The formation of eukaryotic ribosomes is a sequential process of ribosomal precursors maturation in the nucleolus, nucleoplasm, and cytoplasm. Hundreds of ribosomal biogenesis factors ensure the accurate processing and formation of the ribosomal RNAs’ tertiary structure, and they interact with ribosomal proteins. Most of what we know about the ribosome assembly has been derived from yeast cell studies, and the mechanisms of ribosome biogenesis in eukaryotes are considered quite conservative. Although the main stages of ribosome biogenesis are similar across different groups of eukaryotes, this process in humans is much more complicated owing to the larger size of the ribosomes and pre-ribosomes and the emergence of regulatory pathways that affect their assembly and function. Many of the factors involved in the biogenesis of human ribosomes have been identified using genome-wide screening based on RNA interference. This review addresses the key aspects of yeast and human ribosome biogenesis, using the 40S subunit as an example. The mechanisms underlying these differences are still not well understood, because, unlike yeast, there are no effective methods for characterizing pre-ribosomal complexes in humans. Understanding the mechanisms of human ribosome assembly would have an incidence on a growing number of genetic diseases (ribosomopathies) caused by mutations in the genes encoding ribosomal proteins and ribosome biogenesis factors. In addition, there is evidence that ribosome assembly is regulated by oncogenic signaling pathways, and that defects in the ribosome biogenesis are linked to the activation of tumor suppressors.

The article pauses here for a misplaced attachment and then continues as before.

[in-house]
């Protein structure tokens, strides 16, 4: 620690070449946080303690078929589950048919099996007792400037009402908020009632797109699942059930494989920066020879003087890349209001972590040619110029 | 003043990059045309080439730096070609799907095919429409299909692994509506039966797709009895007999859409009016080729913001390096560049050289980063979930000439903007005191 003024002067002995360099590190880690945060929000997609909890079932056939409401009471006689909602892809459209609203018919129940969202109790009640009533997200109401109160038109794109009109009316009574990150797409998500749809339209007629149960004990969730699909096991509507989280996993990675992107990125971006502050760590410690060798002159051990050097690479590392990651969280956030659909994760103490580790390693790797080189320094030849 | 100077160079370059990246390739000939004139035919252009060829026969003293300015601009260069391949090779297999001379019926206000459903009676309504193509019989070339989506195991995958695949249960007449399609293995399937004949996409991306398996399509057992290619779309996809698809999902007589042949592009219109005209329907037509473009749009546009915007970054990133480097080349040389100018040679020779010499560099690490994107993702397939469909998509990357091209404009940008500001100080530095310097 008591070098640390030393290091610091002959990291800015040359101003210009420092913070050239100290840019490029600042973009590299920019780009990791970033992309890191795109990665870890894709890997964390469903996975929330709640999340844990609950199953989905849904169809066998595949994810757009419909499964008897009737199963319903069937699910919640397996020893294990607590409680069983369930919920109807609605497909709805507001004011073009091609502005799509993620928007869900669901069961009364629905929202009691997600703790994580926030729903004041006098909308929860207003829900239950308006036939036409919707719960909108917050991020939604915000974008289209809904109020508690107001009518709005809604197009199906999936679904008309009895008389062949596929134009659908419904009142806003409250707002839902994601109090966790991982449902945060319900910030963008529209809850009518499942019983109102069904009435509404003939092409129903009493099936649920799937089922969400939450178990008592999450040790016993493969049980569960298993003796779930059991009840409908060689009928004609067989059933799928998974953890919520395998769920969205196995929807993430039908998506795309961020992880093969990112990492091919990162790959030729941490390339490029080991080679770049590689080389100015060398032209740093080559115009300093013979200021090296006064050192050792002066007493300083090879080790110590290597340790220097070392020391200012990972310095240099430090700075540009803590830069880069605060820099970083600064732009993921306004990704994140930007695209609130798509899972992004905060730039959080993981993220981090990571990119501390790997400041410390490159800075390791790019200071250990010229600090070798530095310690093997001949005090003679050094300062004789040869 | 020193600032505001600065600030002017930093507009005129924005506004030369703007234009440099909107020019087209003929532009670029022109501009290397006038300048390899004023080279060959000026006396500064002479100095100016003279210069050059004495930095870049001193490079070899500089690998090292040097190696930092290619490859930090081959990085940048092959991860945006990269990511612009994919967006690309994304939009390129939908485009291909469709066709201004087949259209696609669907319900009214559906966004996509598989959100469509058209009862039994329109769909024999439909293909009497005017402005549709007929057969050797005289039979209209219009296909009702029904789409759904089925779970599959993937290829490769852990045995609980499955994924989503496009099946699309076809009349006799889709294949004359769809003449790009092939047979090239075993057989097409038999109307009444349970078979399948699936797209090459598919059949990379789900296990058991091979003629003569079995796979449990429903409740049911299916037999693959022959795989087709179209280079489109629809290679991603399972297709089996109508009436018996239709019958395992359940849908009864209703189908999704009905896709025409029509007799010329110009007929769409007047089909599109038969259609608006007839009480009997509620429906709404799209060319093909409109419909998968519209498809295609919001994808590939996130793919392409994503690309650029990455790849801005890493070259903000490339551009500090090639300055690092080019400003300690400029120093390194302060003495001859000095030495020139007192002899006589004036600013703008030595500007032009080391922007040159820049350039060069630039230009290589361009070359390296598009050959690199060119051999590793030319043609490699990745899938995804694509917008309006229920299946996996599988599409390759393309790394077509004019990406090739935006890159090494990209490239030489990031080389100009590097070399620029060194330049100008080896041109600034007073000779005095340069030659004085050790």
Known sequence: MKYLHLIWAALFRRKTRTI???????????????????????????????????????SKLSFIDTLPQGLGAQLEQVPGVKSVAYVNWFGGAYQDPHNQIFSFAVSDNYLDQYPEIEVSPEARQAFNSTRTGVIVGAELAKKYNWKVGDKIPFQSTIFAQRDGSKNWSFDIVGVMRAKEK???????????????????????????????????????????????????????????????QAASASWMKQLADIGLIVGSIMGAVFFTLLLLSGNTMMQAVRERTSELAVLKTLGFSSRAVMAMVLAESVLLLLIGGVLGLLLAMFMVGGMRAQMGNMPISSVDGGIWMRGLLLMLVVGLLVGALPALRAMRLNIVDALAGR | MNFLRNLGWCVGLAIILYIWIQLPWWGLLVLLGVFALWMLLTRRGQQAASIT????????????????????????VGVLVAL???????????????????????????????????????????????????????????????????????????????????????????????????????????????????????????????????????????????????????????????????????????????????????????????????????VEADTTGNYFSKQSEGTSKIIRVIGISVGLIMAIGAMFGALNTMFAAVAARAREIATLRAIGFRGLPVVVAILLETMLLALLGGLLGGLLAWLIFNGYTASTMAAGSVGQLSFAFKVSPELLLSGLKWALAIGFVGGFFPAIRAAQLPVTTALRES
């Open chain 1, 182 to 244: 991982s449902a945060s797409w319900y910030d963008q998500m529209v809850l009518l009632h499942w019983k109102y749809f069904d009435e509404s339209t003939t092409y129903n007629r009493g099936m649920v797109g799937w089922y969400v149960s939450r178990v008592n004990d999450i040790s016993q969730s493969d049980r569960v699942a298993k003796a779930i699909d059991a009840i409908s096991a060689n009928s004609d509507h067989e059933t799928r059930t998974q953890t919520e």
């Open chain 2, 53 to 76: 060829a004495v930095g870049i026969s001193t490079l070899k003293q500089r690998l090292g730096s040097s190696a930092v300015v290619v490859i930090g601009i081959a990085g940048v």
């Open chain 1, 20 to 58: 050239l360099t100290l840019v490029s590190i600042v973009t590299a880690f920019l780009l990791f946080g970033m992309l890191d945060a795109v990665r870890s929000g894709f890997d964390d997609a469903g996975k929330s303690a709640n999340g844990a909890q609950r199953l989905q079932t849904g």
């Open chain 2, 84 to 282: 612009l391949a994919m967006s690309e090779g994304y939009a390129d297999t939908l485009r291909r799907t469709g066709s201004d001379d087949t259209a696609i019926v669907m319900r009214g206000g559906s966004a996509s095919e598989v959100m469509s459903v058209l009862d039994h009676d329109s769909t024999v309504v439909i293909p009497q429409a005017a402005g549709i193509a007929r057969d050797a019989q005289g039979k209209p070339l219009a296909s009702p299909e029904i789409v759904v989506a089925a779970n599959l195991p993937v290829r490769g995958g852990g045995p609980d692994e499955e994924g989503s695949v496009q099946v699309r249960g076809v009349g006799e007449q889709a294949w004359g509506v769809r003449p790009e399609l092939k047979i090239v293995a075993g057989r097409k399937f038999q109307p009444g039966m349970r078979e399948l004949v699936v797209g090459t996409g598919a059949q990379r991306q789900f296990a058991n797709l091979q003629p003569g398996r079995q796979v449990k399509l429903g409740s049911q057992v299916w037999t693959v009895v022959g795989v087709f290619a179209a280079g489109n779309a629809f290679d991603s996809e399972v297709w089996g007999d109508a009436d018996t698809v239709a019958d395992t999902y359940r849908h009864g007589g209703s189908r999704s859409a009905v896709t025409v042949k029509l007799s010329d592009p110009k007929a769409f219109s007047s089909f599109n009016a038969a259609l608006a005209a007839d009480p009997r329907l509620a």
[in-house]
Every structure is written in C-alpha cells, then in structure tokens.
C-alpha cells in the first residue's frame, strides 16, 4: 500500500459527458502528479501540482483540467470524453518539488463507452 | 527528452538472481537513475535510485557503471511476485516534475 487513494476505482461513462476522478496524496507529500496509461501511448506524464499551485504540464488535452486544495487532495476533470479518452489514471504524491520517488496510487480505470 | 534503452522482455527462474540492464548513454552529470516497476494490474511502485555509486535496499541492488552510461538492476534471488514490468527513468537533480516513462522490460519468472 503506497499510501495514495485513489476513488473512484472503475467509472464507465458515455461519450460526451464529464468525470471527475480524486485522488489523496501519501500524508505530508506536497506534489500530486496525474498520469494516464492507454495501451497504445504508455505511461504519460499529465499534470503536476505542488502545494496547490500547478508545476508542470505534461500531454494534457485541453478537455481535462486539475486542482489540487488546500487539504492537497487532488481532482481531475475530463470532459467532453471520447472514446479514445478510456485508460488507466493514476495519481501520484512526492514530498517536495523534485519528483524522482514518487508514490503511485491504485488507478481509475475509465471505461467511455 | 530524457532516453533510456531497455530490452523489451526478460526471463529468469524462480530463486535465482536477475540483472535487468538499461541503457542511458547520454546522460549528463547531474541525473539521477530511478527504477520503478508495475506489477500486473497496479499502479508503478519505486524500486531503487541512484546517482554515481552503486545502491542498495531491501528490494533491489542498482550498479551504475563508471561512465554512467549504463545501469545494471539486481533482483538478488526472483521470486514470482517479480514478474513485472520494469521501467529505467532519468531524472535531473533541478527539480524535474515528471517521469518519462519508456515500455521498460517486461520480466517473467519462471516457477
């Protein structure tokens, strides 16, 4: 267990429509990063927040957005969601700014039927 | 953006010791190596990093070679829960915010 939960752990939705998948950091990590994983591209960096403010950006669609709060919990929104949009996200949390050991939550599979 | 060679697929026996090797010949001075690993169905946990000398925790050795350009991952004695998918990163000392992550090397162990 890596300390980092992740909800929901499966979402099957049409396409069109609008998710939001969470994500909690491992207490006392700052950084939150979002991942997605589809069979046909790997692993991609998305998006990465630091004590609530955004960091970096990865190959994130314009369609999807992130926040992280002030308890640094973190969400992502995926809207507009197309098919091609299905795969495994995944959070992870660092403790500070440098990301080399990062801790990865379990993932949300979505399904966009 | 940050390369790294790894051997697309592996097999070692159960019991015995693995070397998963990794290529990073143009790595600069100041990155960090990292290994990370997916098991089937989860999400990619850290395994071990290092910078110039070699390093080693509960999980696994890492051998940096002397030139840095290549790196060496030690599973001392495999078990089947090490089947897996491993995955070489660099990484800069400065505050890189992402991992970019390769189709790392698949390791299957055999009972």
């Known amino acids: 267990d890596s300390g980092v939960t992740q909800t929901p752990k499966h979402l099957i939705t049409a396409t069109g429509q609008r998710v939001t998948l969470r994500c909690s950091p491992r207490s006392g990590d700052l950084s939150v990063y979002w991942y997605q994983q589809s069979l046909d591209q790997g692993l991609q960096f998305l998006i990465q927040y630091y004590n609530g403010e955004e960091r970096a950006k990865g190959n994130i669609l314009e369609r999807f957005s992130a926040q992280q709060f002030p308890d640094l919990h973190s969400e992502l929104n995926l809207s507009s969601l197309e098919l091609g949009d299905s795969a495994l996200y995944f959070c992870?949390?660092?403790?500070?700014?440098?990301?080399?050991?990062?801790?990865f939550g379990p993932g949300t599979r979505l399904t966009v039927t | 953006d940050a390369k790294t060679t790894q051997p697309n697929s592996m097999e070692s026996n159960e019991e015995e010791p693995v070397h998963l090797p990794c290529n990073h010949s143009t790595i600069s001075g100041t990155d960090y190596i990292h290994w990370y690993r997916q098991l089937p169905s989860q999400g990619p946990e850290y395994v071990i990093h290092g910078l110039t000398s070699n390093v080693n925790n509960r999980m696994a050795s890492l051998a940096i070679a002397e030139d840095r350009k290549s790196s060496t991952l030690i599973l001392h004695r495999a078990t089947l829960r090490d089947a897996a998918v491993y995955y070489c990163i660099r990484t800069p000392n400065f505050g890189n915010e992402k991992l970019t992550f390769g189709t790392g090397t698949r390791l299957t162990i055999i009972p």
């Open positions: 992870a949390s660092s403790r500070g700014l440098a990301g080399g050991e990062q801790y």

- Ribosome biogenesis